When Summers goes out to shoot, he usually works fast — in Tokyo alone he’s shot 80 rolls in his several weeks here — often “chancing it” to create “fabrics” that he uses in sequences of photos. The book “Desirer Walks the Streets” juxtaposes such abstract images with subjects captured in oddly revealing moments to create a seamless consistency. The typical graininess holds the images together and gives them a dreamlike quality that has a nowhere- and-everywhere feel. Only small hints give away locations, as in one shot of a lumpy back on a modern street that reveals itself to be a monk in Tokyo when you notice a banner with Japanese on it.
This rootlessness probably tells viewers the most about the man behind the lens; in total, the exhibition speaks of someone on tour. And who would know better about that than the member of a band that played a concert almost every three days in 2007, in cities across the Americas, Europe and Asia? Crumbling hotel facades in Vietnam, a headless concierge offering a pen, an empty lounge that has the heads of unicorns mounted on the wall, a spiky public monument — these are the strange places that you come across once you get out “there.” People are portrayed in in-between spots, such as the old man in a cafe wedged into an outdoor hallway, concentrating on lighting his cigarette, and another man with a cleanly shaved head in front of a glowing streetscape, peering over his shoulder with a questioning look.
“I came off the incredible dream of playing with The Police for two years for 80,000 people, and then I was like (slaps hands together) . . . it takes a bit of recovering from,” says Summers. “You have to reassess, because you’ll never go that high again. Like anyone who does this stuff, you have to rebuild your mojo after that. So I do the photography, I can do a book, and I am thinking about making another album.”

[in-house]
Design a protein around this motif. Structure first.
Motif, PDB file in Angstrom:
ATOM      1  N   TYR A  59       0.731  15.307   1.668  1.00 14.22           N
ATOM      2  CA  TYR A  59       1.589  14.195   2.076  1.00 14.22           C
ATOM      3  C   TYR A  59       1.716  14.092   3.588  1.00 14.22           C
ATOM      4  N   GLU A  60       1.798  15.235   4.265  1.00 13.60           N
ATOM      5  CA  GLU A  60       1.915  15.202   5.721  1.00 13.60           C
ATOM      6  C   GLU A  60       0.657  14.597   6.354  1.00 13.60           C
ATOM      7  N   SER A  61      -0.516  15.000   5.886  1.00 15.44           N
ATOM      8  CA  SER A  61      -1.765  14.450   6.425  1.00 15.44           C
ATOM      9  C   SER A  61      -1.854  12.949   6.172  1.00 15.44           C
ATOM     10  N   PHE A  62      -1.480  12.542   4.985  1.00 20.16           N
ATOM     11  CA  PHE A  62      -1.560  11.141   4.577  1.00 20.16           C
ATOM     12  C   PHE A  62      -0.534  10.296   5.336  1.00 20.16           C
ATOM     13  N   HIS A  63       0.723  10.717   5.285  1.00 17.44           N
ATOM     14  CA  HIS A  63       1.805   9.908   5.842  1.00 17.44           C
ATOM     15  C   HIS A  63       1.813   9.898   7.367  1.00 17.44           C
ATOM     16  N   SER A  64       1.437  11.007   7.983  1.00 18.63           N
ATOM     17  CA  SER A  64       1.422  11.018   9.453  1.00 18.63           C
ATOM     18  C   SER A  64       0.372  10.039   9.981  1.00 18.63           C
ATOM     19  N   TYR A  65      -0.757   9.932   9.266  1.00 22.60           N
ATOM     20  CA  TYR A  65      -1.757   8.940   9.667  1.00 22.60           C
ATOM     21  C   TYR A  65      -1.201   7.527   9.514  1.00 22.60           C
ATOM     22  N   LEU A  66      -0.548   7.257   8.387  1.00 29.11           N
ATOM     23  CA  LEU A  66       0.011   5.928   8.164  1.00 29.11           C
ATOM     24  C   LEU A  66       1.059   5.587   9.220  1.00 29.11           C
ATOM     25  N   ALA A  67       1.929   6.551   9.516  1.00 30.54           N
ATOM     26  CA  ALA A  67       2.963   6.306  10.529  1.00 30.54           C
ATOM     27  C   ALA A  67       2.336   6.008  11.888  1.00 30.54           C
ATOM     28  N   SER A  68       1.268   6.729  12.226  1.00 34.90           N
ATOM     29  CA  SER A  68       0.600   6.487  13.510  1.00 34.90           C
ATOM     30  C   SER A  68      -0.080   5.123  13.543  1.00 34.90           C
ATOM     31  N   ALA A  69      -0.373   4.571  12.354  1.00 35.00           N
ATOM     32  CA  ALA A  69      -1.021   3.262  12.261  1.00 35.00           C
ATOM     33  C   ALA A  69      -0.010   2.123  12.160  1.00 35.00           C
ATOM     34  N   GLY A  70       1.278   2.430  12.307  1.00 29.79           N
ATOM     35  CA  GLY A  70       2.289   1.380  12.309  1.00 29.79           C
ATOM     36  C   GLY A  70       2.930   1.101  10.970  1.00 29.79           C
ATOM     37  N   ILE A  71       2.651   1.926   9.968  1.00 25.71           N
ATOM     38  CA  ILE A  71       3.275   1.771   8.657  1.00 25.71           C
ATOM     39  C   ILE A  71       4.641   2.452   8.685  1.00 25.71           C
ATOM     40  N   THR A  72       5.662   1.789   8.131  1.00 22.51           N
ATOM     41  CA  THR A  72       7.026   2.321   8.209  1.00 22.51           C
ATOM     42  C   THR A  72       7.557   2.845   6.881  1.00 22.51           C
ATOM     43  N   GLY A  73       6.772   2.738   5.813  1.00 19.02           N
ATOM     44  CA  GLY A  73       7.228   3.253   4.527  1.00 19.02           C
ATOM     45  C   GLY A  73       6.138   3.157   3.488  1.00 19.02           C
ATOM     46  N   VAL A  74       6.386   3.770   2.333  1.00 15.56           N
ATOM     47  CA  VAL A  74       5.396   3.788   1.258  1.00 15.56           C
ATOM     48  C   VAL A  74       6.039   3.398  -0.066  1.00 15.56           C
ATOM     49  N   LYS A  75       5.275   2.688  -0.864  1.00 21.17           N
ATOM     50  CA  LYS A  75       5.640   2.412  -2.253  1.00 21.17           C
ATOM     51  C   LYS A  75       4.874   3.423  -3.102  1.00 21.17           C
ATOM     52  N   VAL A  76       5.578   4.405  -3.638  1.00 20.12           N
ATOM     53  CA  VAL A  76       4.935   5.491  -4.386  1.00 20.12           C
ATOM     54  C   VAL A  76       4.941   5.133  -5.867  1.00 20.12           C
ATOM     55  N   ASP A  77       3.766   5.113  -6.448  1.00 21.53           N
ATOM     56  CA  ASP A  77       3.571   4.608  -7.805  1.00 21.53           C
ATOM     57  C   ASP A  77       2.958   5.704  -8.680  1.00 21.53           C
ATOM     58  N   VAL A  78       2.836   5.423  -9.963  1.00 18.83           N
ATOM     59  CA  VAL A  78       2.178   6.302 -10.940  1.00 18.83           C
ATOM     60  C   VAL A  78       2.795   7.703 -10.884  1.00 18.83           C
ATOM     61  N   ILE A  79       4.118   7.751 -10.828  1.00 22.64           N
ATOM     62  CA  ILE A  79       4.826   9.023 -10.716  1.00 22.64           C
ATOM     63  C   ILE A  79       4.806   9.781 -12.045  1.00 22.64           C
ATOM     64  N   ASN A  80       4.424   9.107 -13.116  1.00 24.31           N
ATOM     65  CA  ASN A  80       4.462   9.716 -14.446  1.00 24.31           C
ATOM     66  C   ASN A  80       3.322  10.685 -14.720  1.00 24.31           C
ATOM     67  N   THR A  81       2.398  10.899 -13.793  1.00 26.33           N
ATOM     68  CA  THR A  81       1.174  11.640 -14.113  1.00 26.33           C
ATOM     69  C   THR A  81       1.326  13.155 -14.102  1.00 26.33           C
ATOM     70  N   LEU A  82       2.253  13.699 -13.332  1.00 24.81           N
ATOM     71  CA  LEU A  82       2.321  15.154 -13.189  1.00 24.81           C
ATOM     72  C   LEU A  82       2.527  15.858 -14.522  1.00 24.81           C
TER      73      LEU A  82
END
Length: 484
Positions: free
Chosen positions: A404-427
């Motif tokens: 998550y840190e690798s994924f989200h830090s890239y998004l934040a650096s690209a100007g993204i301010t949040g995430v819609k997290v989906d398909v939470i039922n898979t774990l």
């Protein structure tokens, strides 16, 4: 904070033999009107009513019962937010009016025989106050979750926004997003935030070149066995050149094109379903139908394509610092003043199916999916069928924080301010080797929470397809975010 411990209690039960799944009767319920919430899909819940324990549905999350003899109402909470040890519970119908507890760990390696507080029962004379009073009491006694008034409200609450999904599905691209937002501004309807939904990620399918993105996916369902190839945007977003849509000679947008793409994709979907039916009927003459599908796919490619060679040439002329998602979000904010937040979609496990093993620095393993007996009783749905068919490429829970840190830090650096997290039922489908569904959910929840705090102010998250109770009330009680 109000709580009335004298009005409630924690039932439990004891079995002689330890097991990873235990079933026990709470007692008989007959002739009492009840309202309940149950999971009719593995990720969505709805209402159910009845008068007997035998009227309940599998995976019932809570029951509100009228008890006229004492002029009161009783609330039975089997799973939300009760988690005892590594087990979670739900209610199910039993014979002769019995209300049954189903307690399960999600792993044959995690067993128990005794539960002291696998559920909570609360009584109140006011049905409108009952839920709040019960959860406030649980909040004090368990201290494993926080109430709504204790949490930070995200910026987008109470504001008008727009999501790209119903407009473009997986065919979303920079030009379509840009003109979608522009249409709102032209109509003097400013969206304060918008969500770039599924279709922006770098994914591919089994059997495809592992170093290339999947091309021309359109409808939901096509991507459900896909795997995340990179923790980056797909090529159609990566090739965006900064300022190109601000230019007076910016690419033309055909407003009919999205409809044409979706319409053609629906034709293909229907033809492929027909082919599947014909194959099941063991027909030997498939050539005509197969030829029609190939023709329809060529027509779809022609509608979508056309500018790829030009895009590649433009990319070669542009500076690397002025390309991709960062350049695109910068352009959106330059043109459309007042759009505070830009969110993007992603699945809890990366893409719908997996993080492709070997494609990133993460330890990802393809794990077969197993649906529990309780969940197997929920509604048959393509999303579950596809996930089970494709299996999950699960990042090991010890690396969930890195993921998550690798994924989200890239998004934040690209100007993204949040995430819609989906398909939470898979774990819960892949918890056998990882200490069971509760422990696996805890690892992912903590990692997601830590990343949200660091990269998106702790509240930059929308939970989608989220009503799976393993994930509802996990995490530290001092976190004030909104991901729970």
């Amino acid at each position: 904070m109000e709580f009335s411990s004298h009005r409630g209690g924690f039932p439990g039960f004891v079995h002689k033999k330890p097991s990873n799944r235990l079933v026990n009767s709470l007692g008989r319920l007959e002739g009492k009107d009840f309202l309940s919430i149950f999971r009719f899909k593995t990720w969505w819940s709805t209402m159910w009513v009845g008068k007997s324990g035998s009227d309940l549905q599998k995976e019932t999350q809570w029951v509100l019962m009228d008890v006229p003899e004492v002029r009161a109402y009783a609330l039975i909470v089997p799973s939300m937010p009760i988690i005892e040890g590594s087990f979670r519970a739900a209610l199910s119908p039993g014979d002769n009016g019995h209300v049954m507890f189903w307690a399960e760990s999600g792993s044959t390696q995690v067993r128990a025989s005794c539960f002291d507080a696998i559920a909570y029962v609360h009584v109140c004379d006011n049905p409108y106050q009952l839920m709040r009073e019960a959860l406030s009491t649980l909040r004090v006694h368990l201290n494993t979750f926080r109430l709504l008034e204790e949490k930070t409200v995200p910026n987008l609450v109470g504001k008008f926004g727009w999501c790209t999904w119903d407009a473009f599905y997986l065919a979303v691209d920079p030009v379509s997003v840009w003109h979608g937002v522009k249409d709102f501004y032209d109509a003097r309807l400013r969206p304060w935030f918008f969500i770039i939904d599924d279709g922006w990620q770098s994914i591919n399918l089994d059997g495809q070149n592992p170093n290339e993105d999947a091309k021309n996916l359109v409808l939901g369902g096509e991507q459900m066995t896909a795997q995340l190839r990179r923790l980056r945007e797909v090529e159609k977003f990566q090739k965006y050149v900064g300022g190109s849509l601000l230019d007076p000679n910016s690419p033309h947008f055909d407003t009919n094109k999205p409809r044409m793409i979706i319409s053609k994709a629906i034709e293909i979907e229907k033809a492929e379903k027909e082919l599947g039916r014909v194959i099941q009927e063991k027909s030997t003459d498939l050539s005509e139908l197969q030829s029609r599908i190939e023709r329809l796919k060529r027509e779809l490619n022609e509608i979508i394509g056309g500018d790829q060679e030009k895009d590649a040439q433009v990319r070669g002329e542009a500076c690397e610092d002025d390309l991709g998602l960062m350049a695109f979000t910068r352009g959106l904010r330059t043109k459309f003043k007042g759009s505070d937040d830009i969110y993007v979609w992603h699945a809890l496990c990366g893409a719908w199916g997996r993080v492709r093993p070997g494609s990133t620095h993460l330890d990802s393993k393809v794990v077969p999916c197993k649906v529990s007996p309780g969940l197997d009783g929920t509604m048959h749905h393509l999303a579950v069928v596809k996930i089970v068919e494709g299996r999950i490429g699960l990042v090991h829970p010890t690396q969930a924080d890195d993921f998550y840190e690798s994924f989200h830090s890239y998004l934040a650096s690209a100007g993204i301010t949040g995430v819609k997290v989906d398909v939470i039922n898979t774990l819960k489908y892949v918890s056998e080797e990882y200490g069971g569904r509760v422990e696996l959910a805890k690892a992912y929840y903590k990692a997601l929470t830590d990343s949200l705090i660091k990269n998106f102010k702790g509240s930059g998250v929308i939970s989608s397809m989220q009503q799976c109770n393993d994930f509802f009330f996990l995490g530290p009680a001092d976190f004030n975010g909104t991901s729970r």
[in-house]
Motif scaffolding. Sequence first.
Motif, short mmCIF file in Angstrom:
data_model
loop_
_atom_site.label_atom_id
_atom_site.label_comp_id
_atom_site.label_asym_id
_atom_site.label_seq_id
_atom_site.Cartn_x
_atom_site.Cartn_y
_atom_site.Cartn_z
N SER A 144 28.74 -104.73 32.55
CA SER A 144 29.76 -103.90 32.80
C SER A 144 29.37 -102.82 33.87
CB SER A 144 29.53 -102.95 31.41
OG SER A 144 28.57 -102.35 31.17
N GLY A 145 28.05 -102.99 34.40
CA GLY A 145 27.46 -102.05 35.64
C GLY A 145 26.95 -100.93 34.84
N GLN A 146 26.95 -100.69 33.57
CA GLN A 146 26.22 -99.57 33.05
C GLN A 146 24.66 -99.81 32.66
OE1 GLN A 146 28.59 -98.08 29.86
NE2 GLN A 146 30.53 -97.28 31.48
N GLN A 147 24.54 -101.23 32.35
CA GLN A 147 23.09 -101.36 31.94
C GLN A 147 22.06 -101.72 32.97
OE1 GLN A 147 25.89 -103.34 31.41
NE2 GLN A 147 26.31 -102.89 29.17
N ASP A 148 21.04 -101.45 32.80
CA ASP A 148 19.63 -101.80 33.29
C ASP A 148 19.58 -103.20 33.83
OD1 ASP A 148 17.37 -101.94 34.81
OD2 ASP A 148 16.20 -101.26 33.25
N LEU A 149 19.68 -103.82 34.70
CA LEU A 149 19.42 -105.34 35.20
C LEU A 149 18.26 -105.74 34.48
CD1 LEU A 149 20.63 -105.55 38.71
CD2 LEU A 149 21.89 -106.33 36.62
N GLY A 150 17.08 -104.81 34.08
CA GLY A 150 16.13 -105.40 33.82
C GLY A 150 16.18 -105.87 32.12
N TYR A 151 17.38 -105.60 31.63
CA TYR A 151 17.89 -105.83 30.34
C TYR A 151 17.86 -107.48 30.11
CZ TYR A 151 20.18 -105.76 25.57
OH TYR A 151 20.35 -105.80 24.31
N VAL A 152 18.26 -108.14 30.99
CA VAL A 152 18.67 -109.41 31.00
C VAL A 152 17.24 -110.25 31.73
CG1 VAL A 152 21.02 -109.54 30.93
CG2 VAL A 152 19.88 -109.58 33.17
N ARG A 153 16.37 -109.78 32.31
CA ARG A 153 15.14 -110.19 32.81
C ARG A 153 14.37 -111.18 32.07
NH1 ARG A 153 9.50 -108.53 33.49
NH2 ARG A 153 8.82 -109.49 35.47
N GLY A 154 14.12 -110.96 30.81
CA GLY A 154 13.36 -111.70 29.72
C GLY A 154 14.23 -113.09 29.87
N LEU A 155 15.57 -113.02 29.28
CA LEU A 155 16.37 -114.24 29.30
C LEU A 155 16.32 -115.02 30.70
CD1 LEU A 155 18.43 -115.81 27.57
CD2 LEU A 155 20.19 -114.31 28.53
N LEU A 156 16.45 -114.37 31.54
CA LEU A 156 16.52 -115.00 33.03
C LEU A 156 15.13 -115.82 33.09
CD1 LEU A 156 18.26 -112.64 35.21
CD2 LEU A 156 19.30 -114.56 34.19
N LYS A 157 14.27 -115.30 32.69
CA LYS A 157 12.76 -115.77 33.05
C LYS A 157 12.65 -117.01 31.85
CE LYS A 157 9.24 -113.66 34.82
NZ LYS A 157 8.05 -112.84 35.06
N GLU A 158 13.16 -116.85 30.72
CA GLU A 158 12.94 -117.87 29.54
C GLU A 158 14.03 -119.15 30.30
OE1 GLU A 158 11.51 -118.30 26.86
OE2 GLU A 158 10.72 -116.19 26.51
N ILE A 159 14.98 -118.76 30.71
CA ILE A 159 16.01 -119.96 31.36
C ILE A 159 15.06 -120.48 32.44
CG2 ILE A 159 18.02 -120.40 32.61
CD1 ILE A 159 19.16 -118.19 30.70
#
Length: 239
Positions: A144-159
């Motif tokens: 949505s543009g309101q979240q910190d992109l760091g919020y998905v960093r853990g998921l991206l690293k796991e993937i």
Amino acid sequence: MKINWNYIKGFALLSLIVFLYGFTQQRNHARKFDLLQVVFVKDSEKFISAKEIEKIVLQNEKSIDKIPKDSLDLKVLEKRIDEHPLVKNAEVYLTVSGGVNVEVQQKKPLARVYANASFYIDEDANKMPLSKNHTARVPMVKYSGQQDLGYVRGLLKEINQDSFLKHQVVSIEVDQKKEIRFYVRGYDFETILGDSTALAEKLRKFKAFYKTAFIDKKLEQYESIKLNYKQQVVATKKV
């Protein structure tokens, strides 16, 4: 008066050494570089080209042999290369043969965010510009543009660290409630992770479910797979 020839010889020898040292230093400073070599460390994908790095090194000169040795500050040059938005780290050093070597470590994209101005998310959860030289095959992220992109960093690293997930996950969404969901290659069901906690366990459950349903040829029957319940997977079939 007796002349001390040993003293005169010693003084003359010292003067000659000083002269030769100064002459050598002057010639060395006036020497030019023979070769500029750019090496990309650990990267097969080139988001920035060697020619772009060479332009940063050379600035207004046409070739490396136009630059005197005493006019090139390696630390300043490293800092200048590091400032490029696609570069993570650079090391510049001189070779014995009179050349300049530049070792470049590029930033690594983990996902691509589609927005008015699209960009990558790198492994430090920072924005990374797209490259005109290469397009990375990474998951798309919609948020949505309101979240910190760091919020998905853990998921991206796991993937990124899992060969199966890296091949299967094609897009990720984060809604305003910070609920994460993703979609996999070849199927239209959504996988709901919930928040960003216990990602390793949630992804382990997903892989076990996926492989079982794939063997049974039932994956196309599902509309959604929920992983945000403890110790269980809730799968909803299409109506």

In no way does he think of photography as secondary to his music though — instead the two inform each other. Densely displayed at the BLD Gallery, the 40 photographs have a narrative, rhythmic layout that suggests a musical composition or album arrangement.
“Being a musician and then talking about photographs, I often am asked to make statements about music and photography, like about ‘hearing photographs’ and things like that,” says Summers. “But I don’t have to do that to justify it, ’cause it’s rubbish really. I like to think that all these forms are interchangeable. If you have feelings and abilities to express in one area, it would be really odd if you weren’t able to transfer it into another medium. I would find it suspicious if you spent all your life learning to express, compose, think ideas through, make sequences in one medium, that you wouldn’t be able to understand another medium and take it across.
“This is very egotistical, but I don’t see myself standing down to other photographers because I am a great guitar player. It’s just the same to me. Because I have talent with music, and then I also do photography, I don’t take a secondary position, going, ‘Oh, it’s only photography.’ I’m full on!” he says with a laugh.
“Desirer Walks the Streets” shows till April 20 at the BLD Gallery; open 11 a.m.-7 p.m. For more information, call (03) 5524-3903 or visit bld-gallery.jp